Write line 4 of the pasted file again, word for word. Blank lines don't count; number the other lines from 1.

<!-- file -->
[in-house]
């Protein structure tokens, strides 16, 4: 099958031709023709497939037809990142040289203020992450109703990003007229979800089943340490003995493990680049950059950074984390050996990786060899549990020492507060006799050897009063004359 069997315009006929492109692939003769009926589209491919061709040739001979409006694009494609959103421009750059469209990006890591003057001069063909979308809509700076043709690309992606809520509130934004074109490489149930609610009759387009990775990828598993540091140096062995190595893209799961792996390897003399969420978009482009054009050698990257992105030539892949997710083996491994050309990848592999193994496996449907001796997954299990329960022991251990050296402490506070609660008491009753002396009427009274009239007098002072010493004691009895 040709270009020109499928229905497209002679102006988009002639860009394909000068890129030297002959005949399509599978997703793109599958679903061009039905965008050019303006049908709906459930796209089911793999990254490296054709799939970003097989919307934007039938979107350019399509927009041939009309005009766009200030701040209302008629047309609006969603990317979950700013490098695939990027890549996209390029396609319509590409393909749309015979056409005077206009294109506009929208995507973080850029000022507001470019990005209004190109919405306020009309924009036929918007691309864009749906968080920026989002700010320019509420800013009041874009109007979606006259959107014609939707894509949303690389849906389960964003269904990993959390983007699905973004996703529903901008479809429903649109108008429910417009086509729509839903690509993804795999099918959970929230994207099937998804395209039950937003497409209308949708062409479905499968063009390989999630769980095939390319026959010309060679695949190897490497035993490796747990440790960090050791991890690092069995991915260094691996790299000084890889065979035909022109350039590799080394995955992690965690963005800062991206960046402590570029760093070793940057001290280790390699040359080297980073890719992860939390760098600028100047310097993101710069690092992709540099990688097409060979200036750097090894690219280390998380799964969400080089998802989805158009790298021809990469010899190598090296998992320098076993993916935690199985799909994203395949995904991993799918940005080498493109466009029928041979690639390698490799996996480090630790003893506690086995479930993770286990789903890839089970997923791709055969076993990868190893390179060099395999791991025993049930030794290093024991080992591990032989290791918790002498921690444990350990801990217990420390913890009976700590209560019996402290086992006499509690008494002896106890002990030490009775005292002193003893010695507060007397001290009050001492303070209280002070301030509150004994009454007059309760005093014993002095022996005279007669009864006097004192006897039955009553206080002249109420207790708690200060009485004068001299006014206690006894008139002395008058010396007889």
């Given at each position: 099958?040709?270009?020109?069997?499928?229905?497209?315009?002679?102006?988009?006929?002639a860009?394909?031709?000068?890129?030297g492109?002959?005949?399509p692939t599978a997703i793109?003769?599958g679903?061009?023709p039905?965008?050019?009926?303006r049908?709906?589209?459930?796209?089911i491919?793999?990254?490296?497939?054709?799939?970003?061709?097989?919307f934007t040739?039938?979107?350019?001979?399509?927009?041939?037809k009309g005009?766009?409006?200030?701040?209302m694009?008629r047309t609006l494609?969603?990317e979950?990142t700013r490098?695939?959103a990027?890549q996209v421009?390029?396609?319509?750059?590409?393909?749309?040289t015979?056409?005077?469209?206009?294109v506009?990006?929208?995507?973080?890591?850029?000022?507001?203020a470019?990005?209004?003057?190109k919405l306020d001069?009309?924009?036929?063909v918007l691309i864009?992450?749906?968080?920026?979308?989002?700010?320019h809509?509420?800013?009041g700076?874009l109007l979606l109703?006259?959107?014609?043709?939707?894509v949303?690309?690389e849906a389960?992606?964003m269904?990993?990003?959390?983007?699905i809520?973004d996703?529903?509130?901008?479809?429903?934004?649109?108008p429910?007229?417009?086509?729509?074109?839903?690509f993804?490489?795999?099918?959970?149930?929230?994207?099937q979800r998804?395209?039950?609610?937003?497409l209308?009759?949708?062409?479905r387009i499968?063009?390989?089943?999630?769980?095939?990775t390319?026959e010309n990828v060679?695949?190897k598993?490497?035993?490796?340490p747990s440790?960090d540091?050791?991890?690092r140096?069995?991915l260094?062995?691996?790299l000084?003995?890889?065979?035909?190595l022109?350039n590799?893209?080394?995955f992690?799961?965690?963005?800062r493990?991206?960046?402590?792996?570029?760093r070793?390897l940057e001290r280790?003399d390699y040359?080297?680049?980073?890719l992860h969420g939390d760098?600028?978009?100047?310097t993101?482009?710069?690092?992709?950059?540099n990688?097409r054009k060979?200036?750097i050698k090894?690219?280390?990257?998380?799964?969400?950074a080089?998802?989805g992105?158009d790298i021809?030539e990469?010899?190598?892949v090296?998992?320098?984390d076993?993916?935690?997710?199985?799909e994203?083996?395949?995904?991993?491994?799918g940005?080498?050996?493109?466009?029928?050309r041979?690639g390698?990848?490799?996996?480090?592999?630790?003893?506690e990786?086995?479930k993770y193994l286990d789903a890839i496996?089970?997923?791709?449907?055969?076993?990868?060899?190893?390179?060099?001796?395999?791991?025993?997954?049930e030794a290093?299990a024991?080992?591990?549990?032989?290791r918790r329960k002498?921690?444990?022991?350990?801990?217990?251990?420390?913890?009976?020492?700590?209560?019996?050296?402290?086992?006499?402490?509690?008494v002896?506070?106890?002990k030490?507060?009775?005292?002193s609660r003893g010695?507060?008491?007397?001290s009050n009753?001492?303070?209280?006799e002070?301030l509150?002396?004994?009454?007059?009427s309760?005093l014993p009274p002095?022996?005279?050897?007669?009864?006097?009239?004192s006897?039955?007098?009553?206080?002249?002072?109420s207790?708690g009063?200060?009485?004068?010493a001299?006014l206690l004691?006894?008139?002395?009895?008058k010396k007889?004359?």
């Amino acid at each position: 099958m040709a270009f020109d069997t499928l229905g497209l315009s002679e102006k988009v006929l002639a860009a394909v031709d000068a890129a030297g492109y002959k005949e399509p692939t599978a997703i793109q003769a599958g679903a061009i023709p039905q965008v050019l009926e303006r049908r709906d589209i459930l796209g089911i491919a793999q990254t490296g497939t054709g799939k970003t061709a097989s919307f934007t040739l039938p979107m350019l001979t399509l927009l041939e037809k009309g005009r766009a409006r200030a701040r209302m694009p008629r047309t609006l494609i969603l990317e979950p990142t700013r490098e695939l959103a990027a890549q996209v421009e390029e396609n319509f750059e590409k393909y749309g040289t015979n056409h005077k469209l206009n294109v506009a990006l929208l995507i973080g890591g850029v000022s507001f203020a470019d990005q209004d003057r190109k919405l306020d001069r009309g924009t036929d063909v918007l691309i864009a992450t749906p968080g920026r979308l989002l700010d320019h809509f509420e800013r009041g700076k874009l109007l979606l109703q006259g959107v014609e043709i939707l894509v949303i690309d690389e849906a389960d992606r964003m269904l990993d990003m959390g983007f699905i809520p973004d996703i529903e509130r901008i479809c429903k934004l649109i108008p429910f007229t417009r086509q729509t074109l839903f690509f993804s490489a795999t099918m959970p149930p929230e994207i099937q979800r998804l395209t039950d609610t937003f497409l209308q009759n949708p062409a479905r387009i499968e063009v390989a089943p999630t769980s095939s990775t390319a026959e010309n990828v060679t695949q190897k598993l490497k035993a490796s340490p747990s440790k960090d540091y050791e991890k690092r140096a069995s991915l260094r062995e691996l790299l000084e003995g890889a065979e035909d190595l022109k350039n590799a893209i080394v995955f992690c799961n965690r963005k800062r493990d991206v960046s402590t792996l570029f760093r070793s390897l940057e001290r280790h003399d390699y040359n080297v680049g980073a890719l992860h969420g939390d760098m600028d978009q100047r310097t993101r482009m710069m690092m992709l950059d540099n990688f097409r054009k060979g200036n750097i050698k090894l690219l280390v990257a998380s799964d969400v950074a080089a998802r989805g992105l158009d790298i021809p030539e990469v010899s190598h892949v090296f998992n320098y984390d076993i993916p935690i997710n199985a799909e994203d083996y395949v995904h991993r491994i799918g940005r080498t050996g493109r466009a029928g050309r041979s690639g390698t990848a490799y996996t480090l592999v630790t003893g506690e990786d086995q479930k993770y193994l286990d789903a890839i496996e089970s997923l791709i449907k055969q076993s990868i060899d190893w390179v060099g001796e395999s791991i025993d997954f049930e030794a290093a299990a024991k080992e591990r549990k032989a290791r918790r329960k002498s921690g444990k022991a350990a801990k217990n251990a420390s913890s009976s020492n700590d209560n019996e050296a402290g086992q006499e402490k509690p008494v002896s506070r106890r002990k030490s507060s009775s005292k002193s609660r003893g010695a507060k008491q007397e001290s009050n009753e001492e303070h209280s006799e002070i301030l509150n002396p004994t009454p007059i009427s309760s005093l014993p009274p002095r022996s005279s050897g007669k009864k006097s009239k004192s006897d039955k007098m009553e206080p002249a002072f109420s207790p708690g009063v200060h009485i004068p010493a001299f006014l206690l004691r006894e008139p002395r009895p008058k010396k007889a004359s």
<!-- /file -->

């Amino acid at each position: 099958m040709a270009f020109d069997t499928l229905g497209l315009s002679e102006k988009v006929l002639a860009a394909v031709d000068a890129a030297g492109y002959k005949e399509p692939t599978a997703i793109q003769a599958g679903a061009i023709p039905q965008v050019l009926e303006r049908r709906d589209i459930l796209g089911i491919a793999q990254t490296g497939t054709g799939k970003t061709a097989s919307f934007t040739l039938p979107m350019l001979t399509l927009l041939e037809k009309g005009r766009a409006r200030a701040r209302m694009p008629r047309t609006l494609i969603l990317e979950p990142t700013r490098e695939l959103a990027a890549q996209v421009e390029e396609n319509f750059e590409k393909y749309g040289t015979n056409h005077k469209l206009n294109v506009a990006l929208l995507i973080g890591g850029v000022s507001f203020a470019d990005q209004d003057r190109k919405l306020d001069r009309g924009t036929d063909v918007l691309i864009a992450t749906p968080g920026r979308l989002l700010d320019h809509f509420e800013r009041g700076k874009l109007l979606l109703q006259g959107v014609e043709i939707l894509v949303i690309d690389e849906a389960d992606r964003m269904l990993d990003m959390g983007f699905i809520p973004d996703i529903e509130r901008i479809c429903k934004l649109i108008p429910f007229t417009r086509q729509t074109l839903f690509f993804s490489a795999t099918m959970p149930p929230e994207i099937q979800r998804l395209t039950d609610t937003f497409l209308q009759n949708p062409a479905r387009i499968e063009v390989a089943p999630t769980s095939s990775t390319a026959e010309n990828v060679t695949q190897k598993l490497k035993a490796s340490p747990s440790k960090d540091y050791e991890k690092r140096a069995s991915l260094r062995e691996l790299l000084e003995g890889a065979e035909d190595l022109k350039n590799a893209i080394v995955f992690c799961n965690r963005k800062r493990d991206v960046s402590t792996l570029f760093r070793s390897l940057e001290r280790h003399d390699y040359n080297v680049g980073a890719l992860h969420g939390d760098m600028d978009q100047r310097t993101r482009m710069m690092m992709l950059d540099n990688f097409r054009k060979g200036n750097i050698k090894l690219l280390v990257a998380s799964d969400v950074a080089a998802r989805g992105l158009d790298i021809p030539e990469v010899s190598h892949v090296f998992n320098y984390d076993i993916p935690i997710n199985a799909e994203d083996y395949v995904h991993r491994i799918g940005r080498t050996g493109r466009a029928g050309r041979s690639g390698t990848a490799y996996t480090l592999v630790t003893g506690e990786d086995q479930k993770y193994l286990d789903a890839i496996e089970s997923l791709i449907k055969q076993s990868i060899d190893w390179v060099g001796e395999s791991i025993d997954f049930e030794a290093a299990a024991k080992e591990r549990k032989a290791r918790r329960k002498s921690g444990k022991a350990a801990k217990n251990a420390s913890s009976s020492n700590d209560n019996e050296a402290g086992q006499e402490k509690p008494v002896s506070r106890r002990k030490s507060s009775s005292k002193s609660r003893g010695a507060k008491q007397e001290s009050n009753e001492e303070h209280s006799e002070i301030l509150n002396p004994t009454p007059i009427s309760s005093l014993p009274p002095r022996s005279s050897g007669k009864k006097s009239k004192s006897d039955k007098m009553e206080p002249a002072f109420s207790p708690g009063v200060h009485i004068p010493a001299f006014l206690l004691r006894e008139p002395r009895p008058k010396k007889a004359s």